SAN ANTONIO — One year after announcing the launch of Project Mercury, Kroger Co. finally has touchdown in its sights.
The Cincinnati-based retailer last week assembled a team of specialists at the GS1 US Connect 2013 conference here to prepare its suppliers for the project — a radical transformation in the way they will be delivering product information to Kroger, and the way Kroger will be managing the data.
“This is the largest project our corporation has ever taken on from a financial and HR standpoint,” said Dave Schmitt, director of Project Mercury.
He added that Kroger is pursuing the project in order to “give customers the information they want about products in this changing world,” such as nutritional and allergen information, as well as to improve speed to market, among other goals.
Under Project Mercury, suppliers will deliver data on new and existing items to Kroger via the preferred mechanism, the Global Data Synchronization Network (GDSN), which links the product databases of suppliers and retailers in a standardized system overseen by GS1, Brussels; alternatively, suppliers will provide data via the retailer’s vendor item portal. Kroger will manage the data in a still-developing master data management repository.
“Project Mercury will be the way suppliers communicate item data to us in the future – and will be the only way,” said Schmitt.
Kroger is rolling out the program in phases over the next three years. The pilot phase kicked off in April as suppliers of nine categories – known in the program as “classes” — began testing the system. The classes include packaged cheese, salad dressing, breakfast sausage, baby HBC, coffee filters, bagged salad mix, air care, paper towels and packaged deli meat. Kroger plans to go live with those products in September.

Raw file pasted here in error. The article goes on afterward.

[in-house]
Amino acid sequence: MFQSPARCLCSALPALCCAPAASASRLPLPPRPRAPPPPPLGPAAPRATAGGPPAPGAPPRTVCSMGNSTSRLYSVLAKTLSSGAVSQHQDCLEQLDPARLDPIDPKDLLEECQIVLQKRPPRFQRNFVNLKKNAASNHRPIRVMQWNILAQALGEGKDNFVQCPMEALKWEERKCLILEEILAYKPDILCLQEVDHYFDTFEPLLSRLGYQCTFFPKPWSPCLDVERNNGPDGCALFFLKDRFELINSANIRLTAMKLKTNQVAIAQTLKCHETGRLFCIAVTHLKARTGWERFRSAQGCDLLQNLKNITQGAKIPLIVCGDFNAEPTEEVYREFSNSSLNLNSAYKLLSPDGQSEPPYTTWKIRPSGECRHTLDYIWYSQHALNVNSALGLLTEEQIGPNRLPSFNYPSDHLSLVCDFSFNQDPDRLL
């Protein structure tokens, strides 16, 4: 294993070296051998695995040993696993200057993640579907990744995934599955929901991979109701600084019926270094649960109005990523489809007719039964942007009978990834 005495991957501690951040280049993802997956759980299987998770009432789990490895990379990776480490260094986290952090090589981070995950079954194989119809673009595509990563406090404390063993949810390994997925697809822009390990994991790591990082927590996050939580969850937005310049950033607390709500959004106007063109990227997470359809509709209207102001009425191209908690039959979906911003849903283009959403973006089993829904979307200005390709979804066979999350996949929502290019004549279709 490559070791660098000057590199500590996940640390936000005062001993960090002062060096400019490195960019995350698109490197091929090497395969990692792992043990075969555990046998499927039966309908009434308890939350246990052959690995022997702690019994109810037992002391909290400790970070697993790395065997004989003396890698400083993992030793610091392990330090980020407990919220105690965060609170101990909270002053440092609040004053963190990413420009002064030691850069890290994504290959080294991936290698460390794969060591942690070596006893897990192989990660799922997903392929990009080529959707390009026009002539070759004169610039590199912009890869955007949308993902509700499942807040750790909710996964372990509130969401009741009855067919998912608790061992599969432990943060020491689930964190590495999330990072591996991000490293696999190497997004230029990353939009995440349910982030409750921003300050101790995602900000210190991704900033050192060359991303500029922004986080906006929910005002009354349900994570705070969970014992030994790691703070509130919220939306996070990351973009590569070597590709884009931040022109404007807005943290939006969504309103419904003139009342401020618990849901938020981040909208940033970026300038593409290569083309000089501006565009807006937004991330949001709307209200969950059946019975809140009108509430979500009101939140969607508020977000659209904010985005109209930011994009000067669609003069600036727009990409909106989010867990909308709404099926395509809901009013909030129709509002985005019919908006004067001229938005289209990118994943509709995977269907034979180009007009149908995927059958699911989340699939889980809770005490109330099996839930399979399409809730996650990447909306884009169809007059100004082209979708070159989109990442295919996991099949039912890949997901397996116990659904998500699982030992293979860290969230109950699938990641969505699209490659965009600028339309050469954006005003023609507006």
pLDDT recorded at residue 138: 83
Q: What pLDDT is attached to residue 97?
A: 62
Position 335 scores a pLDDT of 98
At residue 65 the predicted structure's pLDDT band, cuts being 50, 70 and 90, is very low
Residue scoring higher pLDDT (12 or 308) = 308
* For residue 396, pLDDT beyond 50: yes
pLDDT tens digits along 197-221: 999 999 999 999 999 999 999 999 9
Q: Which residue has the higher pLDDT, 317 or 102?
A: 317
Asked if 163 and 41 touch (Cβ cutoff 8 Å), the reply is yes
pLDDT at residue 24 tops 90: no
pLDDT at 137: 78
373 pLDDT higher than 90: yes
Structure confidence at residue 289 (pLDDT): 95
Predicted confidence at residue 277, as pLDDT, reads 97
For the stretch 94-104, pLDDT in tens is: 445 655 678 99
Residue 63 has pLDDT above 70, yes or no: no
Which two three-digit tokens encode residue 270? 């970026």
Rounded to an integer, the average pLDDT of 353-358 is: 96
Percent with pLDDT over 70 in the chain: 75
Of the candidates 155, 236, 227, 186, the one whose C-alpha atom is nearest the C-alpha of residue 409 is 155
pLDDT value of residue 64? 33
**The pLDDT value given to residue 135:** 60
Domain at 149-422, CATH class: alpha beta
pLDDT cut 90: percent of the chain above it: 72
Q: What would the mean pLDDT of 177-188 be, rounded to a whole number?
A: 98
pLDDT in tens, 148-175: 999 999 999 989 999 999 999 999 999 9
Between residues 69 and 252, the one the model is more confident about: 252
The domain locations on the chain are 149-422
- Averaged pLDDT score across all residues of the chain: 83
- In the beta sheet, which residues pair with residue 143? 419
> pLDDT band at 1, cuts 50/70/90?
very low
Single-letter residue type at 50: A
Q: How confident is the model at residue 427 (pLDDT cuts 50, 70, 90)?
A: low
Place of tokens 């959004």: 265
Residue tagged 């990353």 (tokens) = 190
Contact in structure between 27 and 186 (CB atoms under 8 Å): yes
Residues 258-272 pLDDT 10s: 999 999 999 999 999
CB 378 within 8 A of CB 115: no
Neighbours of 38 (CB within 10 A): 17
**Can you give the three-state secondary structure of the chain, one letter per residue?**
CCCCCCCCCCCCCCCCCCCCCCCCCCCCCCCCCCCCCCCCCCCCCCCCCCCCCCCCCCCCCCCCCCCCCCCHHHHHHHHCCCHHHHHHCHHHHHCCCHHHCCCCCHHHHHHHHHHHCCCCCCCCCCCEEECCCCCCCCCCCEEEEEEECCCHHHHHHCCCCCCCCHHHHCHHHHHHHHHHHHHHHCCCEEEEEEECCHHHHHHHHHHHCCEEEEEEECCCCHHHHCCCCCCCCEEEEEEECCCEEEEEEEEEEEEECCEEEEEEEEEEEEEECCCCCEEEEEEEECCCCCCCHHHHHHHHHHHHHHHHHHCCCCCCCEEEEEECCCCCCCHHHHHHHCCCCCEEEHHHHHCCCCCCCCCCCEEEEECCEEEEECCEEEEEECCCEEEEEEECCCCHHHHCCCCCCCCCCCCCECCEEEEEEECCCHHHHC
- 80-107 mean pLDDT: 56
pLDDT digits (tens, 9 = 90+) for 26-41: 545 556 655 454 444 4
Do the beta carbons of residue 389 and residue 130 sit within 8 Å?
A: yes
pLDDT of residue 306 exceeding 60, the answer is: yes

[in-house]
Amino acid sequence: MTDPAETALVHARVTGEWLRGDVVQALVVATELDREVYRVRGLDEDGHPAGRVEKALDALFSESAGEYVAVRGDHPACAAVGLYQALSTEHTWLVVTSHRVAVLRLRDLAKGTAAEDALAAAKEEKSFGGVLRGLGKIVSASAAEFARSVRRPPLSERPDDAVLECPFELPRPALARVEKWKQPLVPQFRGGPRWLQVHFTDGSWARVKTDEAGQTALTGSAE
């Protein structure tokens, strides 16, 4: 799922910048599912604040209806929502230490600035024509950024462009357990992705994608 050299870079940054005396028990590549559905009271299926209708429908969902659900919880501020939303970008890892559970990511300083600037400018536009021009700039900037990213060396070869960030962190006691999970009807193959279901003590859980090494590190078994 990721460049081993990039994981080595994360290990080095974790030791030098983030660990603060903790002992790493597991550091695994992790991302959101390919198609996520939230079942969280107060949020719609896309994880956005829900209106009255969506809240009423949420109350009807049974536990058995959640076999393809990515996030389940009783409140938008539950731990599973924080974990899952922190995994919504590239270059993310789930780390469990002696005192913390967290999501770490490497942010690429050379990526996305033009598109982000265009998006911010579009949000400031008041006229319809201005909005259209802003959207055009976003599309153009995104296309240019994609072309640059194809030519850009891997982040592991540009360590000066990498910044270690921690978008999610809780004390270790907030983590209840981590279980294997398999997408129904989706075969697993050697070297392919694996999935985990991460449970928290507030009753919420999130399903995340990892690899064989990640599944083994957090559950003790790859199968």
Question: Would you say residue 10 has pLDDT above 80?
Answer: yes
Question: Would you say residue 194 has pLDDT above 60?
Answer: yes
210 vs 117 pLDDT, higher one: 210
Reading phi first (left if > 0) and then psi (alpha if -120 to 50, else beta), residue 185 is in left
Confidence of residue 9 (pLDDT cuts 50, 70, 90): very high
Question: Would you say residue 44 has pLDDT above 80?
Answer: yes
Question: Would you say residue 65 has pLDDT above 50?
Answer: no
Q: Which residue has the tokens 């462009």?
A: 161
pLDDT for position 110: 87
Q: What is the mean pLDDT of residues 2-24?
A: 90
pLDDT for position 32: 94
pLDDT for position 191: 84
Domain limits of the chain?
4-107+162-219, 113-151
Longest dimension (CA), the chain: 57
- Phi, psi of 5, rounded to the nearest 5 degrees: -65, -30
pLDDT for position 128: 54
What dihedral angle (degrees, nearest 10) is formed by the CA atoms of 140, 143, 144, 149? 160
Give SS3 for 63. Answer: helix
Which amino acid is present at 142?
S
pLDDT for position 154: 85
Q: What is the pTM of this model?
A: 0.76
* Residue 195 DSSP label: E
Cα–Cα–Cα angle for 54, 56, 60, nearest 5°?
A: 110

Kroger, the nation’s largest conventional grocery operator with 2,435 supermarkets spread over multiple banners, introduced Project Mercury last year in Las Vegas at the GS1 Connect conference, sponsored by GS1 US, Lawrenceville, N.J. The plan then was to go live with the first nine classes in the first quarter of 2013. However, that schedule was delayed after the program proved to be “such a monstrous technical challenge, especially this first release because everything is new,” said Greg Menz, enterprise solutions architect for Kroger. “It’s also taken as much longer than we thought just to track down suppliers.”
Read more: Kroger Outlines Item-Data Management Plans
In the spring of 2014, Kroger will roll out the next 120 classes, which are listed on Kroger’s customer page at www.1sync.org; ultimately the company plans to convert 670 classes to the program.
Kroger is asking suppliers to supply about 150 “attributes” – features ranging from size and weight to nutritional components – for each item. About half of those attributes can be submitted via the GDSN, and another 25 are unique to Kroger and would be provided via the vendor portal, along with the remaining non-GDSN attributes; the full list is also available on Kroger’s customer page at www.1sync.org. Menz envisions suppliers eventually supplying several thousand attributes in the product data that will populate Kroger’s data repository.
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